Part of the overall result is Barclays Center, a mega-arena with undulating steel panels in copper. It rose through eminent domain. This was despite formidable opposition from Brooklynites who had no plans to sell their homes but were forced to anyway to make room for the project.
In 2016, Reason Magazine published an op-ed piece calling Barclays Center an “eminent domain-created failure.” This article was based on a report by journalist Norman Oder, who argued that the venue had lost an estimated $9 million by its third year of operation. If the point of eminent domain is to benefit the public by stimulating the local economy, then this report was damning evidence that it hadn’t.
On the other hand, YIMBYs (or “Yes In My Back Yard”-ers) who advocate for new construction projects might argue that the jury is still out on this issue. Pacific Park is slated for completion in 2035, so it needs to be given time to grow and develop before determining its success.
Other Ways Eminent Domain Has Impacted New York City
The precedent set by the Supreme Court in the Kelo vs. City of New London case carried ripples into the Pacific Park project. But to understand how Forest City Ratner was able to use eminent domain to its advantage, we need to look at an important precedent established closer to home: Yonkers Community Development Agency vs. Morris.
The city of Yonkers sits just a few miles north of New York City’s Bronx borough. It was there, in 1975, that the Appellate Court of the State of New York handed down its decision to allow the Otis Elevator Company — the largest of its kind in the U.S. — to expand its industrial facilities by taking “substandard” land from the City of Yonkers. The defendants argued that eminent domain had been abused because the new land was not for a “public use” or “public benefit,” but rather to expand a private business. The court, however, ruled in favor of the plaintiff.
When the Pacific Park issue arose roughly 30 years after the Yonkers decision, the New York Civil Liberties Union (NYCLU) pointed to the Yonkers case as a precedent in a 2009 column, inferring that eminent domain could be abused to serve private interests as well as the public good. In its decision, the Appellate Court argued that the government’s right to property and/or land seizure was not limited to “slum clearance,” which was a term often used in the past to describe blighted areas that were ripe for eminent domain:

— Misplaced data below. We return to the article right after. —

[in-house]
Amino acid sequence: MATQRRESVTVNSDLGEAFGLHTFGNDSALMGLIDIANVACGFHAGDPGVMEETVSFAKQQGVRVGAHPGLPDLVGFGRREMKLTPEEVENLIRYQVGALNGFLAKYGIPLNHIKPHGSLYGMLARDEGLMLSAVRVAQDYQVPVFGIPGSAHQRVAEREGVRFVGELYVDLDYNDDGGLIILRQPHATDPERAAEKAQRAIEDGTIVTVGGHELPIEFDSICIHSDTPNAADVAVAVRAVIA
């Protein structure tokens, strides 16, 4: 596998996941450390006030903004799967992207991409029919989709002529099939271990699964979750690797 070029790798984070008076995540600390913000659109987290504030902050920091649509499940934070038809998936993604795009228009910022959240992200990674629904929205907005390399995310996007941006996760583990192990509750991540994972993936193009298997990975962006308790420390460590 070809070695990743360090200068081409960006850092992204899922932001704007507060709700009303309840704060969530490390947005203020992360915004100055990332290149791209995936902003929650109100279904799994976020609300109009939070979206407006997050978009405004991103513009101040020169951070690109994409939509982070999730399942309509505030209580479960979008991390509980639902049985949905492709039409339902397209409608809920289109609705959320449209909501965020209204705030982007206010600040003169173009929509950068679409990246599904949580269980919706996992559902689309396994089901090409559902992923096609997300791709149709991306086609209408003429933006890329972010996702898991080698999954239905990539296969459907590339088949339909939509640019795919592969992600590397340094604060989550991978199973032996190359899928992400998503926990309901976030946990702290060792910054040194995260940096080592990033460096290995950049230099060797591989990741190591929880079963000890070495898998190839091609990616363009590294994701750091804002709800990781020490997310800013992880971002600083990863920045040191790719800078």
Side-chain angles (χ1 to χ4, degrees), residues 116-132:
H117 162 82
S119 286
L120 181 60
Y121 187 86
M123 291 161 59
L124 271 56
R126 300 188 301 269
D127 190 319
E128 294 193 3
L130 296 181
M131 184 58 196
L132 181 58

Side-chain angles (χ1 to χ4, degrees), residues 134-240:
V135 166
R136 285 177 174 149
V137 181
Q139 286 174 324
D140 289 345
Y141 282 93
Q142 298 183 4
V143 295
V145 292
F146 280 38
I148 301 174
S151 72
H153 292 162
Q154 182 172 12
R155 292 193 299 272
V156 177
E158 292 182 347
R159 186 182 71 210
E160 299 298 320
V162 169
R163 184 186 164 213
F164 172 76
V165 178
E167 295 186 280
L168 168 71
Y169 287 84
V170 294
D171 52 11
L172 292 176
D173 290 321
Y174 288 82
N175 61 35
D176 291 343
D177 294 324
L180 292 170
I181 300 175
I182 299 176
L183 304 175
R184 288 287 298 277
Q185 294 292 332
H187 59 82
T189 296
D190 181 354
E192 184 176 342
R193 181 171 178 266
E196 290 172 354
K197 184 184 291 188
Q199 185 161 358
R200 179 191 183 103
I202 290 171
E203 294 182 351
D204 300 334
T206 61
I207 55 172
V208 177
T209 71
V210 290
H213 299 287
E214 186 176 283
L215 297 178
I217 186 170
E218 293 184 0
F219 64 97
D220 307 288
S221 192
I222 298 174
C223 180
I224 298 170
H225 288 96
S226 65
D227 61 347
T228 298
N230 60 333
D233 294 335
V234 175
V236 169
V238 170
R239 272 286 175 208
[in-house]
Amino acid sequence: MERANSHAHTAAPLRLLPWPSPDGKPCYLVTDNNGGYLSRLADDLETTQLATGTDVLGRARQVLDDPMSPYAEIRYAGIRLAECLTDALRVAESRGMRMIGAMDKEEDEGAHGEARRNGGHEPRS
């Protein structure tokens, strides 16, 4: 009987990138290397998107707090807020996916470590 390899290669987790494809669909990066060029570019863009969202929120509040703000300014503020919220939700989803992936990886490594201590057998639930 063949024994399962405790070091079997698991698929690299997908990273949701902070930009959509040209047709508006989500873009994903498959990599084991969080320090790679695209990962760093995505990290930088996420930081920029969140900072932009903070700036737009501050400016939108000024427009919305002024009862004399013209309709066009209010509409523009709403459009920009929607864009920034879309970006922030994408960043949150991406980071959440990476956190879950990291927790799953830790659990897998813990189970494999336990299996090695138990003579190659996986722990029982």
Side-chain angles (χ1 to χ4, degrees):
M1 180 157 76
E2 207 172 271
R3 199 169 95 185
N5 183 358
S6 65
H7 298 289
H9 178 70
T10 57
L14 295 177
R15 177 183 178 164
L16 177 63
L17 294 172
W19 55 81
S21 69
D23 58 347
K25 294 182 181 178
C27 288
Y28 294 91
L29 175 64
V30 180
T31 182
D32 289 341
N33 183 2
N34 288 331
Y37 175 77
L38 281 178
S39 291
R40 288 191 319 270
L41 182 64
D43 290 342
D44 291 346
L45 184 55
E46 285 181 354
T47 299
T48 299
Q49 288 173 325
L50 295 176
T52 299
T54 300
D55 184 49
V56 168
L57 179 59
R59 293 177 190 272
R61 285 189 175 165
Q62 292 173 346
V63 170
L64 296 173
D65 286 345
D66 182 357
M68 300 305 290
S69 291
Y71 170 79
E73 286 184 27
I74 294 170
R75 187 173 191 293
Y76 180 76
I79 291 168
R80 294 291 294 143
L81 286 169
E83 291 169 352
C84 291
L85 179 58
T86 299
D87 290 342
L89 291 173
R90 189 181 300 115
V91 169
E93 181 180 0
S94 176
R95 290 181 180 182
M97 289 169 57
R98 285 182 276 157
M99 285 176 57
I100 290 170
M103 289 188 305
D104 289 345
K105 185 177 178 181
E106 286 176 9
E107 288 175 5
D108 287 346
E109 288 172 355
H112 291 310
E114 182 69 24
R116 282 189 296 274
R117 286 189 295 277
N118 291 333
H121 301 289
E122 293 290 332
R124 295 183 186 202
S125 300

“As the complexities of urban conditions became better understood, it has become clear the areas eligible for such renewal are not limited to ‘slums’ as the term was formerly applied, and that, among other things, economic underdevelopment and stagnation are also threats to the public sufficient to make their removal cognizable as a public purpose.”
The above quote from the Yonkers decision is an eerie foreboding that charming pink-and-white Victorians like Suzanne Kelo’s home in New London, CT, and other properties that are in good condition in non-blighted areas are subject to demolition as much as neglected and dilapidated structures in disreputable parts of town.
This was partly the reason why Ratner’s project prevailed in Goldstein vs. Urban Dev. Corp, a case that challenged eminent domain in New York State. In this 2009 decision, the court applied similar logic to that of the Yonkers case, the result of which has changed Brooklyn’s landscape forever.
Eminent Domain in NYC: Will It Ever Change?
In the Kelo vs. City of New London case, Justice John Paul Stevens wrote in the majority opinion that the Fifth Amendment did not require “‘literal’ public use,” but the “broader and more natural interpretation of public use as ‘public purpose.'” This was an important distinction that was also part of the Yonkers decision and has expanded eminent domain to include private development projects.
But shortly after voicing the majority opinion, Justice Stephens emphasized that states and local governments had the power to create more restrictive eminent domain laws. This prompted 44 states to pass reforms since the Kelo ruling. New York State, however, has yet to do so, leaving eminent domain and its abuse in the hands of legislators. This has caused concern among critics who fear that NYC’s real estate industry will continue to use eminent domain as a means of acquiring land to develop luxury housing and marginalize low-income families who can’t afford to live in the area.
It remains to be seen, then, if New York City’s legal system will take action to better protect citizens from eminent domain abuse. As we move forward, New Yorkers should remain informed and stay attuned to any eminent domain issues that may potentially affect their respective properties, pink-and-white Victorians included.
Ivan Suazo is a copywriter and SEO blogger with over ten years of experience in the real estate industry. He's also the founder of a wellness blog, QWERTYdelight.com, and writes sleep stories for the Slumber App.